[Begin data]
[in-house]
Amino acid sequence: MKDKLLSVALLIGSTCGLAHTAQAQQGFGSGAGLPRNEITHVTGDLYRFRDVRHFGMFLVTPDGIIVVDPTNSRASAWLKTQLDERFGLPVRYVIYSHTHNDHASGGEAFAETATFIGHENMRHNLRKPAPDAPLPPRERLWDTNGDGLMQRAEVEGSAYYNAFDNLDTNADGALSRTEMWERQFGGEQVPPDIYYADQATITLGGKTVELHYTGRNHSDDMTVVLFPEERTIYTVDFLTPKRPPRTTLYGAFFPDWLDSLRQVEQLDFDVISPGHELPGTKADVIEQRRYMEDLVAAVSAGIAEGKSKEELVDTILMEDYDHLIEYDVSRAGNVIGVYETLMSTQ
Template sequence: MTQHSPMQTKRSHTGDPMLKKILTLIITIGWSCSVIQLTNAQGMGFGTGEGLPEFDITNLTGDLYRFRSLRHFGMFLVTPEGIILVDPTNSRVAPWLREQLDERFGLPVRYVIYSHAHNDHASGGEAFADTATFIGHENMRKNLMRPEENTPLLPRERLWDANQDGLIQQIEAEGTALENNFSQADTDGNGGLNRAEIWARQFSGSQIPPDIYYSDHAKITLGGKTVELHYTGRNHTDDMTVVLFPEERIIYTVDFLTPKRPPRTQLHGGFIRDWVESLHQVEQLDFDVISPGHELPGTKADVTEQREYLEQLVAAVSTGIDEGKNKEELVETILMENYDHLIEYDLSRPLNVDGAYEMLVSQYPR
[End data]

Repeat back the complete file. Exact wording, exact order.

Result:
[in-house]
Amino acid sequence: MKDKLLSVALLIGSTCGLAHTAQAQQGFGSGAGLPRNEITHVTGDLYRFRDVRHFGMFLVTPDGIIVVDPTNSRASAWLKTQLDERFGLPVRYVIYSHTHNDHASGGEAFAETATFIGHENMRHNLRKPAPDAPLPPRERLWDTNGDGLMQRAEVEGSAYYNAFDNLDTNADGALSRTEMWERQFGGEQVPPDIYYADQATITLGGKTVELHYTGRNHSDDMTVVLFPEERTIYTVDFLTPKRPPRTTLYGAFFPDWLDSLRQVEQLDFDVISPGHELPGTKADVIEQRRYMEDLVAAVSAGIAEGKSKEELVDTILMEDYDHLIEYDVSRAGNVIGVYETLMSTQ
Template sequence: MTQHSPMQTKRSHTGDPMLKKILTLIITIGWSCSVIQLTNAQGMGFGTGEGLPEFDITNLTGDLYRFRSLRHFGMFLVTPEGIILVDPTNSRVAPWLREQLDERFGLPVRYVIYSHAHNDHASGGEAFADTATFIGHENMRKNLMRPEENTPLLPRERLWDANQDGLIQQIEAEGTALENNFSQADTDGNGGLNRAEIWARQFSGSQIPPDIYYSDHAKITLGGKTVELHYTGRNHTDDMTVVLFPEERIIYTVDFLTPKRPPRTQLHGGFIRDWVESLHQVEQLDFDVISPGHELPGTKADVTEQREYLEQLVAAVSTGIDEGKNKEELVETILMENYDHLIEYDLSRPLNVDGAYEMLVSQYPR